“House Democrats already passed more than $30 billion in targeted and tailored emergency aid to farm country in response to the pandemic as part of the Heroes Act, including language to ensure greater transparency and accountability with the Administration’s use of the Commodity Credit Corporation, including decreasing the Secretary’s ability to spend billions of taxpayer dollars without telling Congress,” the aide added.

After lengthy negotiations did not produce a bipartisan agreement with Republicans, House Democrats introduced their own proposal Monday afternoon funding government until Dec. 11, moving “full steam ahead” on a vote Tuesday, according to a senior Democratic aide.

Recognizing the lack of an agreement, a senior House Democratic aide warned that the bill “may get stuck in the Senate” after House passage,

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House passes funding bill with GOP support to avert looming government shutdown

The House passed a bipartisan spending bill on Tuesday after reaching a deal with the White House to avert a government shutdown at the end of the month, keeping the federal government open until December.



a person standing in front of United States Supreme Court Building


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The Democratic-controlled House voted 359-57 on the interim spending measure to fund the government through December 11th. The legislation, known as a continuing resolution or “CR,” was hailed by Speaker Nancy Pelosi, D-Calif., in a statement Tuesday, who reached the deal with Republican leaders and Treasury Secretary Steve Mnuchin.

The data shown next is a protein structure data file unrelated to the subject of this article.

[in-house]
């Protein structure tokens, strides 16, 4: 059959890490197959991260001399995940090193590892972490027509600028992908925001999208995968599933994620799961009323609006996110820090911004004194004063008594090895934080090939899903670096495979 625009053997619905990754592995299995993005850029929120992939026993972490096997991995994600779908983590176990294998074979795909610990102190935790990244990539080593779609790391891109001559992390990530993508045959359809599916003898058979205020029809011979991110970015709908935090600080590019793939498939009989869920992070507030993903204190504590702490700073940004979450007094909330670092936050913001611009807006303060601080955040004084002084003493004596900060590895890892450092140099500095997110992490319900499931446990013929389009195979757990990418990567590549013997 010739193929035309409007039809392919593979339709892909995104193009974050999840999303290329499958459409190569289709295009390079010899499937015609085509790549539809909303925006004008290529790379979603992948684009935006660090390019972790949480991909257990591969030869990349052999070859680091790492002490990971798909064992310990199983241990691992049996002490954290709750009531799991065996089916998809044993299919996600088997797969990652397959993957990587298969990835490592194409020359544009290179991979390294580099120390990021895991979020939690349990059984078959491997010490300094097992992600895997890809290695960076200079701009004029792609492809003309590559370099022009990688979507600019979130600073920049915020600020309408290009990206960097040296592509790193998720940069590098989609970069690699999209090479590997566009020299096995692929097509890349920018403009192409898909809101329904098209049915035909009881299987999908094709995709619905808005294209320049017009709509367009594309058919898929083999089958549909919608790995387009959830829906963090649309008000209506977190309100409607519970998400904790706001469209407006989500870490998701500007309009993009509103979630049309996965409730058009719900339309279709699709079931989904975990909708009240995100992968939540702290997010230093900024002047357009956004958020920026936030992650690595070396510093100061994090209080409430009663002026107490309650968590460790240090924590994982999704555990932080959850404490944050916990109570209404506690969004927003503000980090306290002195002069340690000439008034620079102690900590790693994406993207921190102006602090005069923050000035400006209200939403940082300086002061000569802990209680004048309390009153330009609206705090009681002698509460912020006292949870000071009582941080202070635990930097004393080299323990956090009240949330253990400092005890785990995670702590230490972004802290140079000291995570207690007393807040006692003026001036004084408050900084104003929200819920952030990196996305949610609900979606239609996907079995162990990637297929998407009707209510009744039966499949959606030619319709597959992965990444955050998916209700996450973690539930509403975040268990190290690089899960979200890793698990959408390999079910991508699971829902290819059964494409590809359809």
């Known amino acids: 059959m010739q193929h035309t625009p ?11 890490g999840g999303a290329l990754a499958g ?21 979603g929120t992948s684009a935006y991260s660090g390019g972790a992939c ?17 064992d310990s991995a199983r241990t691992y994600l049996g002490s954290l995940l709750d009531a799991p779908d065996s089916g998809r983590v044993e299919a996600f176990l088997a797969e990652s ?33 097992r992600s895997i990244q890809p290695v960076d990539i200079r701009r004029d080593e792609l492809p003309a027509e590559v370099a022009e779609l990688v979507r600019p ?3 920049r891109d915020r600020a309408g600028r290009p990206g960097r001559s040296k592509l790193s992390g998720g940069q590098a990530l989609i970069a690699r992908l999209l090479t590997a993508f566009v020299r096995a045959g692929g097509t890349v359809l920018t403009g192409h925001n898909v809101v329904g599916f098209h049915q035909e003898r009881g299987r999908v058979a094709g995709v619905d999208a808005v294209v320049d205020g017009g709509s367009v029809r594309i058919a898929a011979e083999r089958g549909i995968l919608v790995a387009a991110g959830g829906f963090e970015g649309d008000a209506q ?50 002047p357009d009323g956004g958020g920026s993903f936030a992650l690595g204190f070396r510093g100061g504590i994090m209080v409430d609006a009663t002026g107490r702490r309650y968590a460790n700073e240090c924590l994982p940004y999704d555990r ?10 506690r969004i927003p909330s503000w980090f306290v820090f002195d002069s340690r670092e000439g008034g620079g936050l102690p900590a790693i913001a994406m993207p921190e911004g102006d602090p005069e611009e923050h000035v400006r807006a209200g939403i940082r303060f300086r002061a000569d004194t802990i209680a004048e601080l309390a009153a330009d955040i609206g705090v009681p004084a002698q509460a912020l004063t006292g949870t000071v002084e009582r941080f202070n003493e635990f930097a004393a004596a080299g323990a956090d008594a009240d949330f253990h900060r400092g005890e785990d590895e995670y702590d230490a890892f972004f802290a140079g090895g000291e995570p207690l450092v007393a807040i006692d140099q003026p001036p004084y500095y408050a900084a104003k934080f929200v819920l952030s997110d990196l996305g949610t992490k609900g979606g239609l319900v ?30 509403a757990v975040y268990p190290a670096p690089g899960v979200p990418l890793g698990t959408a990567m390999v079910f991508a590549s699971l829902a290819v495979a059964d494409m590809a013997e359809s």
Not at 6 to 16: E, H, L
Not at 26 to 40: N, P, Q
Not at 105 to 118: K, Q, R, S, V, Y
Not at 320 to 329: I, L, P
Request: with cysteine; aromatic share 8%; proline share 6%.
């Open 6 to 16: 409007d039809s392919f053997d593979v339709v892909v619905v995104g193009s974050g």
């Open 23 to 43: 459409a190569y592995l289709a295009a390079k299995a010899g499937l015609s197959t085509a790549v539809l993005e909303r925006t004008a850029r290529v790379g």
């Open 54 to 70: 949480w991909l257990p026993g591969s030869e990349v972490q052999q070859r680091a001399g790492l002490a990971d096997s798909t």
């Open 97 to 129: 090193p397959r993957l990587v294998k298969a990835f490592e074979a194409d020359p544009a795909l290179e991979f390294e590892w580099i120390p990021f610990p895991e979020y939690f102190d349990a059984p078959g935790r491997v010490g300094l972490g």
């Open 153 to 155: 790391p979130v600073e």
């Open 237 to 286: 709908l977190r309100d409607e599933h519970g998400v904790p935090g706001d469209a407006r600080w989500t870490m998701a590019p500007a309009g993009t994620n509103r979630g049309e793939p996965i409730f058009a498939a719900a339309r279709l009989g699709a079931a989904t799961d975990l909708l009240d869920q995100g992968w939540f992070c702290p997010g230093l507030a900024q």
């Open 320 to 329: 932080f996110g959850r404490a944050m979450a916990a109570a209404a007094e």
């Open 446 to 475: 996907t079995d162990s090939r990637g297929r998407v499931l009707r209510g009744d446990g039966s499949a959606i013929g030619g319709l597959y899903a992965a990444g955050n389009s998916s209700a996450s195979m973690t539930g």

The legislation boosts funding for nutrition benefits to families, aid to farmers, and funds various parts of the federal government.

“We have reached an agreement with Republicans on the CR to add nearly $8 billion in desperately needed nutrition assistance for hungry schoolchildren and families,” Pelosi said. “We also increase accountability in the Commodity Credit Corporation, preventing funds for farmers from being misused for a Big Oil bailout.”

The resolution now heads to the Senate, but unclear when Senate Majority Leader Mitch McConnell, R-Ky., will bring it to the floor. McConnell told reporters on Tuesday that he worked with Pelosi to replenish the Commodity Credit Corporation for aid to go directly to farmers.

House Majority Leader Steny Hoyer, D-Md., however, criticized the process, saying that the resolution is only a temporary stopgap measure.

“A lot of to and froing. A lot of people wanted this, a lot of people wanted that. A lot of people didn’t want this, a lot of people didn’t want that,” he said. “But we have an agreement that will keep the government functioning for the people from now until December 11th.”

He added, “I’m hopeful that everyone will put their heads together to get the appropriation process done and we’ll probably do it in an omnibus, not single appropriation bills. Which is not a good way to do it either.”